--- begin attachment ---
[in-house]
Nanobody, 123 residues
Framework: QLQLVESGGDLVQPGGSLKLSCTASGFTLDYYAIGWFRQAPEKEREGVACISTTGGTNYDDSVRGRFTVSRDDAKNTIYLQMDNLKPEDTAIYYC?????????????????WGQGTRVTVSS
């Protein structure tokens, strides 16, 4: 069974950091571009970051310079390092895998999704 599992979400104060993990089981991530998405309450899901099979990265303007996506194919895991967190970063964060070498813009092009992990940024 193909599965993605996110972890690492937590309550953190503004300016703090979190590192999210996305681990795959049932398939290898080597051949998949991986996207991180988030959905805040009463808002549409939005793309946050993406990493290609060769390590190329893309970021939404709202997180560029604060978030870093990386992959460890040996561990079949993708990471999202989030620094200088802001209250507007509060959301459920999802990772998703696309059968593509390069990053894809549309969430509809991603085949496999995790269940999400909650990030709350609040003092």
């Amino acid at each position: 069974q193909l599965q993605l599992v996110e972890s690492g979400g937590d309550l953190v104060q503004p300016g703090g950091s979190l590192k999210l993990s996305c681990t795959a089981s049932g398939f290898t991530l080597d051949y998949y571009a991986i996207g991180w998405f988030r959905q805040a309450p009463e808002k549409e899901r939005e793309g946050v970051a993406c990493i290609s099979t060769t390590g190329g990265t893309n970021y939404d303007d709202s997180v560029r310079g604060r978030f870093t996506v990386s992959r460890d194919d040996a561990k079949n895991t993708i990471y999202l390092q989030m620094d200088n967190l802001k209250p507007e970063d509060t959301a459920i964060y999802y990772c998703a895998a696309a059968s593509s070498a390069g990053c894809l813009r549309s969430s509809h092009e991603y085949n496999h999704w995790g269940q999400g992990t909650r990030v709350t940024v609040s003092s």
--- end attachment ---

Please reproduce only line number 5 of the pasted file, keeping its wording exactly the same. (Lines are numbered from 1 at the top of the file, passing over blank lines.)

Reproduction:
């Amino acid at each position: 069974q193909l599965q993605l599992v996110e972890s690492g979400g937590d309550l953190v104060q503004p300016g703090g950091s979190l590192k999210l993990s996305c681990t795959a089981s049932g398939f290898t991530l080597d051949y998949y571009a991986i996207g991180w998405f988030r959905q805040a309450p009463e808002k549409e899901r939005e793309g946050v970051a993406c990493i290609s099979t060769t390590g190329g990265t893309n970021y939404d303007d709202s997180v560029r310079g604060r978030f870093t996506v990386s992959r460890d194919d040996a561990k079949n895991t993708i990471y999202l390092q989030m620094d200088n967190l802001k209250p507007e970063d509060t959301a459920i964060y999802y990772c998703a895998a696309a059968s593509s070498a390069g990053c894809l813009r549309s969430s509809h092009e991603y085949n496999h999704w995790g269940q999400g992990t909650r990030v709350t940024v609040s003092s």